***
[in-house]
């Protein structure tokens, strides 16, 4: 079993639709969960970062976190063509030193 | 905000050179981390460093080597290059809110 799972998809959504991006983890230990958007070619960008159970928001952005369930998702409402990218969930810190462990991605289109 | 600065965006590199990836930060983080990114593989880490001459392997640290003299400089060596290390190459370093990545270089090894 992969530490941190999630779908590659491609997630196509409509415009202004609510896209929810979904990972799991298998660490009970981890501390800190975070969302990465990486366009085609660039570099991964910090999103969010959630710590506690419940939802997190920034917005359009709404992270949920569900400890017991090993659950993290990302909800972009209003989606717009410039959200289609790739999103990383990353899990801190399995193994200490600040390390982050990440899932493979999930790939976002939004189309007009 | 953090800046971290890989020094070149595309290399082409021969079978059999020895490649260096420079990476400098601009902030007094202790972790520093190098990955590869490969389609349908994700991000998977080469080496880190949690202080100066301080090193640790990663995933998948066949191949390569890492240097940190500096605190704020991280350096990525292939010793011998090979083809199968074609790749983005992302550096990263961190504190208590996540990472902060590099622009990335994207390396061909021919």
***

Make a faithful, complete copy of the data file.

[in-house]
């Protein structure tokens, strides 16, 4: 079993639709969960970062976190063509030193 | 905000050179981390460093080597290059809110 799972998809959504991006983890230990958007070619960008159970928001952005369930998702409402990218969930810190462990991605289109 | 600065965006590199990836930060983080990114593989880490001459392997640290003299400089060596290390190459370093990545270089090894 992969530490941190999630779908590659491609997630196509409509415009202004609510896209929810979904990972799991298998660490009970981890501390800190975070969302990465990486366009085609660039570099991964910090999103969010959630710590506690419940939802997190920034917005359009709404992270949920569900400890017991090993659950993290990302909800972009209003989606717009410039959200289609790739999103990383990353899990801190399995193994200490600040390390982050990440899932493979999930790939976002939004189309007009 | 953090800046971290890989020094070149595309290399082409021969079978059999020895490649260096420079990476400098601009902030007094202790972790520093190098990955590869490969389609349908994700991000998977080469080496880190949690202080100066301080090193640790990663995933998948066949191949390569890492240097940190500096605190704020991280350096990525292939010793011998090979083809199968074609790749983005992302550096990263961190504190208590996540990472902060590099622009990335994207390396061909021919």